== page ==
The following day we left Brixham and headed up to see Pat – a soothing salve to the emotional turmoil of the previous few days. The size of the spread she laid on for lunch when we arrived made me wonder if she had also invited the local cricket team to join us. Over the next 24 hours she was the perfect hostess and warm and wonderful company. As always, next to her elegance and charm I was aware of my own slovenly appearance – "Mr Odorous Crumpled at your service, ma’am" – but she was polite enough never to comment on it. Walks, meals out, meals in, a drive over Exmoor, bacon and eggs for breakfast, lots of talking and a few photos, and we left Minehead in high spirits.

Pat, now in her 80s, looks younger than one or two of my classmates at the reunion

On the way back to Scotland we detoured via Chesterfield and spent the night with my father, puling out the old photo albums so Rogan could see what I looked like when I was his age, and what his grandparents looked like at his age too. Family resemblances are there, although no one else had a Mohawk like his...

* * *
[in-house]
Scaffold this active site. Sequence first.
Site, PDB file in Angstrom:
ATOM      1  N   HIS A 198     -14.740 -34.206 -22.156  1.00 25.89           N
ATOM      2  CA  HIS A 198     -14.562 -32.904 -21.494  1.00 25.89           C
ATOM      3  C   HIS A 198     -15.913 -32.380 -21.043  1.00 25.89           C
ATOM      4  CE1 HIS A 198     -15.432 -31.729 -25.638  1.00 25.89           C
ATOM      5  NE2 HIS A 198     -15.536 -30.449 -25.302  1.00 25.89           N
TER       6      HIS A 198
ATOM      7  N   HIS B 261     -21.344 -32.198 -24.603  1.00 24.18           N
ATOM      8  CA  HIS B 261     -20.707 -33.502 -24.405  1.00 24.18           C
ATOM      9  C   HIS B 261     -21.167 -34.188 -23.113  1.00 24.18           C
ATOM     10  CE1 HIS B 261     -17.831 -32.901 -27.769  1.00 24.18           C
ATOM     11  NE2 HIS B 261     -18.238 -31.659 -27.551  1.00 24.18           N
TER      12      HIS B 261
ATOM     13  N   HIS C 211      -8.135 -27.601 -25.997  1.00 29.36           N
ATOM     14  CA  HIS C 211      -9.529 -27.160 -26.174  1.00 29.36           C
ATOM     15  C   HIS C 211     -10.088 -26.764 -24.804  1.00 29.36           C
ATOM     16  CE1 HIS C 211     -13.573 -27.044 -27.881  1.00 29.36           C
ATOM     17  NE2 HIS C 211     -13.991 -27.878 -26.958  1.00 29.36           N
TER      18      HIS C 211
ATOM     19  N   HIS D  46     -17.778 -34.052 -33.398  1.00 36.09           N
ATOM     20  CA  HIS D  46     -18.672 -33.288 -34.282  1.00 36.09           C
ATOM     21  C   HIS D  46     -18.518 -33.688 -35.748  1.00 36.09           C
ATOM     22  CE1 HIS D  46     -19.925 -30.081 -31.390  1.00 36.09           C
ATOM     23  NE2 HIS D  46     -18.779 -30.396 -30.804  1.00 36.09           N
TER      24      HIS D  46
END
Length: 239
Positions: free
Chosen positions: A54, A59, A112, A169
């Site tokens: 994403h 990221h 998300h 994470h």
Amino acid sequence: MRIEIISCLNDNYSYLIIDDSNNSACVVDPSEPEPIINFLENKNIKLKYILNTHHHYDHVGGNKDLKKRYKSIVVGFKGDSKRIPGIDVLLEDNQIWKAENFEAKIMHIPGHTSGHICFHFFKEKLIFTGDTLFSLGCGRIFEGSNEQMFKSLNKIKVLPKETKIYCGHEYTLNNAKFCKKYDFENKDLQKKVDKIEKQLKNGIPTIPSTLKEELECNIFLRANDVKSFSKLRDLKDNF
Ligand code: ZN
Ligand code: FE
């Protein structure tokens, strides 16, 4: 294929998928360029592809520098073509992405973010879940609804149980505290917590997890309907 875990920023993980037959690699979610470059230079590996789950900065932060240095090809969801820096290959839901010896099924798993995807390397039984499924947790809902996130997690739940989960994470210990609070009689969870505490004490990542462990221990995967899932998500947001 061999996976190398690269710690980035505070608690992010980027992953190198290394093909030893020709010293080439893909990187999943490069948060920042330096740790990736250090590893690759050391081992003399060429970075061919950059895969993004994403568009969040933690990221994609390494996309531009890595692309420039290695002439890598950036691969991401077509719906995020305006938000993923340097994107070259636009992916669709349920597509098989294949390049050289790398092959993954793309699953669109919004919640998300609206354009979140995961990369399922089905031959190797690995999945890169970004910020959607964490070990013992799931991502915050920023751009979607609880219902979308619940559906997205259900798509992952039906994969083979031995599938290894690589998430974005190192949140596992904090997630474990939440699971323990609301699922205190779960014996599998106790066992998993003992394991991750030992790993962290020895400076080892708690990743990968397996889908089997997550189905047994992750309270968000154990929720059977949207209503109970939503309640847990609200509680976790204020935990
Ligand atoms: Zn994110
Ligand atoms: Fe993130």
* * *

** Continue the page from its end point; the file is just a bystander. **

Tuesday, August 06, 2013

Road Trips

Rogan was only 6 years old when we did our first road-trip together.

Perhaps I should just point out that a road-trip in the UK isn’t on quite the same scale as the Great American Road-Trip, where you can travel for thousands of miles in the same direction. From where I live, nowhere in mainland Britain is more than 519 miles away.

However, it was a road-trip in that it was just me and him, travelling down from Scotland to the South coast of England, which entailed spending quite a few hours in the car together (anyone confused about the difference between the UK, Great Britain and England should watch this video -